Sunday, May 22, 2022
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Lakes, Caves, And Monasteries: A Day In Rewalsar

Located close to Kullu in Himachal Pradesh, Rewalsar is a hidden spiritual gem with monasteries, a sacred lake, and a cave looked after by a nunnery

Lakes, Caves, And Monasteries: A Day In Rewalsar
Rewalsar is a Buddhist pilgrimage place located near Mandi in Himachal Pradesh Shutterstock

The myth of Guru Padmasambhava is known to every Himalayan Buddhist and Buddhist enthusiast, and each year I succinctly listen to the myth, to imagine it in new colors and scents. As the myth explains, Mandarva, the Princess of Mandi, on the arrival of Guru Padmasambhava, immersed herself in his teachings such that she embarked on everyday journeys to the cave in which he resided. However, the King of Mandi, her father, could not acknowledge this and immediately sent soldiers to the cave. As the soldiers entered, they saw both of them in some form of meditation pose, and proceeded to kill them in a fire, as per the King’s instruction. But the power of meditation made Guru Padmsambhava realize the conspiracy, and he vanished from the site, leaving behind the sacred lake in its wake. This myth has variations, but a sure fact was that the powers of Guru Padmasambhava were recognised, and celebrated over the centuries to follow.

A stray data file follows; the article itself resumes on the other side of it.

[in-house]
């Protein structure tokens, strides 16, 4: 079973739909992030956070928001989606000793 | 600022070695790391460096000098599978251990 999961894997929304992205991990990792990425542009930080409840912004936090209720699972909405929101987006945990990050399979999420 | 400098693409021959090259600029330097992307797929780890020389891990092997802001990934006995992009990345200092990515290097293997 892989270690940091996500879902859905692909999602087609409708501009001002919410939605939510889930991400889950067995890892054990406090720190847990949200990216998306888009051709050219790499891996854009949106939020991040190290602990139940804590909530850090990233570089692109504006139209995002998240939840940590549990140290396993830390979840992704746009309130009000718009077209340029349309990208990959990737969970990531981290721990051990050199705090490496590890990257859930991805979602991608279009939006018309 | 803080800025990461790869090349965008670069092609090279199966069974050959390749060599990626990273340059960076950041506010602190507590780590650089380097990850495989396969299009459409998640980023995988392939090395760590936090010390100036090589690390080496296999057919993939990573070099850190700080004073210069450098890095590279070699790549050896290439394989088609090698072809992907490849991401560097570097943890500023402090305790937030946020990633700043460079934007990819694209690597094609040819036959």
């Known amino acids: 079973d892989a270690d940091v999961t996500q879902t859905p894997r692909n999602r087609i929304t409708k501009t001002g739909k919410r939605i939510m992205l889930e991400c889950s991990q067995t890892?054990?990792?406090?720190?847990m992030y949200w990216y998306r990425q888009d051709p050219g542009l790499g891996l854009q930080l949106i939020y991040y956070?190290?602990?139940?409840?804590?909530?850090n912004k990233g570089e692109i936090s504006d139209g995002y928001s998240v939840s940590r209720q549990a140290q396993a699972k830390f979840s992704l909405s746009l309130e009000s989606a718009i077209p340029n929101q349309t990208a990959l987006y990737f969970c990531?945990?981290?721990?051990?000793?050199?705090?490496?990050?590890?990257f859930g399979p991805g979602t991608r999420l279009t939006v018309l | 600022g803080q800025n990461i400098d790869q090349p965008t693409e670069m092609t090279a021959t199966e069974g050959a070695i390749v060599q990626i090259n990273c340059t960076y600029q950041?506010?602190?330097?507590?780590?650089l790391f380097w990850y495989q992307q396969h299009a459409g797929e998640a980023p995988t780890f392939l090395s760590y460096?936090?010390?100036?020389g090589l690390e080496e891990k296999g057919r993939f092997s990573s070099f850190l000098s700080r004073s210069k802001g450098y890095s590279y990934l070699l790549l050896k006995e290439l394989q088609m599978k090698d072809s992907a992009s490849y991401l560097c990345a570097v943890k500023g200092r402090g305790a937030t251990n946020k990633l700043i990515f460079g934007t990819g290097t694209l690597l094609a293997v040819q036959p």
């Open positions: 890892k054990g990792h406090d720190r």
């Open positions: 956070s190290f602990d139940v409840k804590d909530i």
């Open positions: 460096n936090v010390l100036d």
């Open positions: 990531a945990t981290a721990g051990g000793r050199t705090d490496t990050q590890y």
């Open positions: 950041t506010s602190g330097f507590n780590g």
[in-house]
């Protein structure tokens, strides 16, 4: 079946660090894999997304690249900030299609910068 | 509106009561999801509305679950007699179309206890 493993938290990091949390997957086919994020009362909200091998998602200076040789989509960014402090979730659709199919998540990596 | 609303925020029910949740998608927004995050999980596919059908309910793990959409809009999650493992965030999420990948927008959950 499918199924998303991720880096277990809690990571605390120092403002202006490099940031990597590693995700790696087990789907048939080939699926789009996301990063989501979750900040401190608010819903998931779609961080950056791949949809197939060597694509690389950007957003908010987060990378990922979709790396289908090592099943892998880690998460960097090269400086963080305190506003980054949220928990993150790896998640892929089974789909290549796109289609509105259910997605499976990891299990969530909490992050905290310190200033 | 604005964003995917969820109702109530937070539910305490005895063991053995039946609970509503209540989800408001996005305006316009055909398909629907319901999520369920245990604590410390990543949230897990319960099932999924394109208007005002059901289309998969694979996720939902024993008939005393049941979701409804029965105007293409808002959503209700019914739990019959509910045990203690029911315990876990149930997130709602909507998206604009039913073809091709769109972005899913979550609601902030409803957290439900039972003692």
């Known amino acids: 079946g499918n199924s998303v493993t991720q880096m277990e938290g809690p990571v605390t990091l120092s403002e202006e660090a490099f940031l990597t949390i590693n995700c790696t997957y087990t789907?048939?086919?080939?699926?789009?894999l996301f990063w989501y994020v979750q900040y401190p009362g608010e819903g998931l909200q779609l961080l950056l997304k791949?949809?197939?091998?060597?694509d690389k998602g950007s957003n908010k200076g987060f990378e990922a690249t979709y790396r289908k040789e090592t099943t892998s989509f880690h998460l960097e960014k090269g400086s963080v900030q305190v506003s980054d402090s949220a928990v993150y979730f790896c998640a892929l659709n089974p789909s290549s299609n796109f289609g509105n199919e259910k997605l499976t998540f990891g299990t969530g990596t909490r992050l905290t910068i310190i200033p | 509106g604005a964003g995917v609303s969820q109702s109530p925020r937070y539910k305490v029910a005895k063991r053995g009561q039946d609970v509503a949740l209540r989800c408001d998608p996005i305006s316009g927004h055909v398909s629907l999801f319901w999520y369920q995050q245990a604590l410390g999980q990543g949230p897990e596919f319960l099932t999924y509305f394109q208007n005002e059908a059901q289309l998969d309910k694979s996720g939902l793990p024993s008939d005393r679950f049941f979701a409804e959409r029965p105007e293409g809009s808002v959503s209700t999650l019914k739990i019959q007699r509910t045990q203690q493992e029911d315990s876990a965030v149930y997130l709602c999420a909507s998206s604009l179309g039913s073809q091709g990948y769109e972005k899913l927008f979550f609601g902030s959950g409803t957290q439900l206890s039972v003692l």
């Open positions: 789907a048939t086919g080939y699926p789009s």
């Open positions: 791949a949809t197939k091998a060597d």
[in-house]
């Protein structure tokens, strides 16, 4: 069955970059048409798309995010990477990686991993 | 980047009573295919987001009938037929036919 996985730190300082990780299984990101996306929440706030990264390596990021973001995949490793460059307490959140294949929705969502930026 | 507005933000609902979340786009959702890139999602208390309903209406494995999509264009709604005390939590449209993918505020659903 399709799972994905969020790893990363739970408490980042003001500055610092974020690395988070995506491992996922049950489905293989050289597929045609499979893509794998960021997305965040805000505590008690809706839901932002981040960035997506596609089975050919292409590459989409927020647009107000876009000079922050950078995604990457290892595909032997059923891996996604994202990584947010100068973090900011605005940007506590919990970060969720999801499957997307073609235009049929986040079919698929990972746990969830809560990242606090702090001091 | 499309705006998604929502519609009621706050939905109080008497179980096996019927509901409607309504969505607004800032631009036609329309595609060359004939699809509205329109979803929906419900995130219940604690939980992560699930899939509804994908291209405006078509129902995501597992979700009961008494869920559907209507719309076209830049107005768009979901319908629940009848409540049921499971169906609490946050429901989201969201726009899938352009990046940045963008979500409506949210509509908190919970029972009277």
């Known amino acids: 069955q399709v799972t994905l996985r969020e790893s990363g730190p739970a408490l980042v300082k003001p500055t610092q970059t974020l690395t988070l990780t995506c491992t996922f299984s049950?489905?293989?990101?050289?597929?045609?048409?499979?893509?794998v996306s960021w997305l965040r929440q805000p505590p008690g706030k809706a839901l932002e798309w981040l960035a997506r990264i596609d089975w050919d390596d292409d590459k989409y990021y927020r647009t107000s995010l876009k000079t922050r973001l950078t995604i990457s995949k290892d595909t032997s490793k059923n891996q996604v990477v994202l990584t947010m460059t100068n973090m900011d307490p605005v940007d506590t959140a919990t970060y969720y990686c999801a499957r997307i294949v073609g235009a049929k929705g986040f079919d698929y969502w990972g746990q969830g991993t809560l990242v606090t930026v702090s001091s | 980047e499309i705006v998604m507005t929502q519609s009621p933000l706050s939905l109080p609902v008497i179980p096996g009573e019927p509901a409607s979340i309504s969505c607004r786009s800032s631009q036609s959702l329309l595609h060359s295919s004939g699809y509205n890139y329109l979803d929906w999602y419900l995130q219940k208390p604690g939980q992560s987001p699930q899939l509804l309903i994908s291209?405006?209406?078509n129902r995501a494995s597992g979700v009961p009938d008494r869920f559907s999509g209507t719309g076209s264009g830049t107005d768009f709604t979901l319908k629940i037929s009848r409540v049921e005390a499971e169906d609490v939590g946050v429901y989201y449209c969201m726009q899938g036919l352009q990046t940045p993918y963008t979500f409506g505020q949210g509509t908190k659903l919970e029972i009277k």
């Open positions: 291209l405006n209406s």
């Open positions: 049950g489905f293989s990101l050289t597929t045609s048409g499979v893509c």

The lake in Rewalsar is considered sacred
The lake in Rewalsar is considered sacred Navaashay / Shutterstock

The town of Rewalsar circles around the sacred lake, Tso Pema or Tri Sangam. Once upon a time, fish inside the Tso Pema, generally considered sacred in Tibetan Buddhism, were fed by pilgrims and tourists alike. But ever since the death of hundreds of fish in 2018, such a practice has stopped and now only the serenity of the lake survives.

As a Buddhist, my family used to come here on our way to our hometown in Kullu. The last time that we came here, we stayed for a few hours to visit the monasteries and the cave, as most pilgrims do, and returned to the district headquarters of Mandi, around 22 kms away from Rewalsar. What I hadn’t realised back then was that the experience of visiting the cave in Rewalsar would be so fulfilling.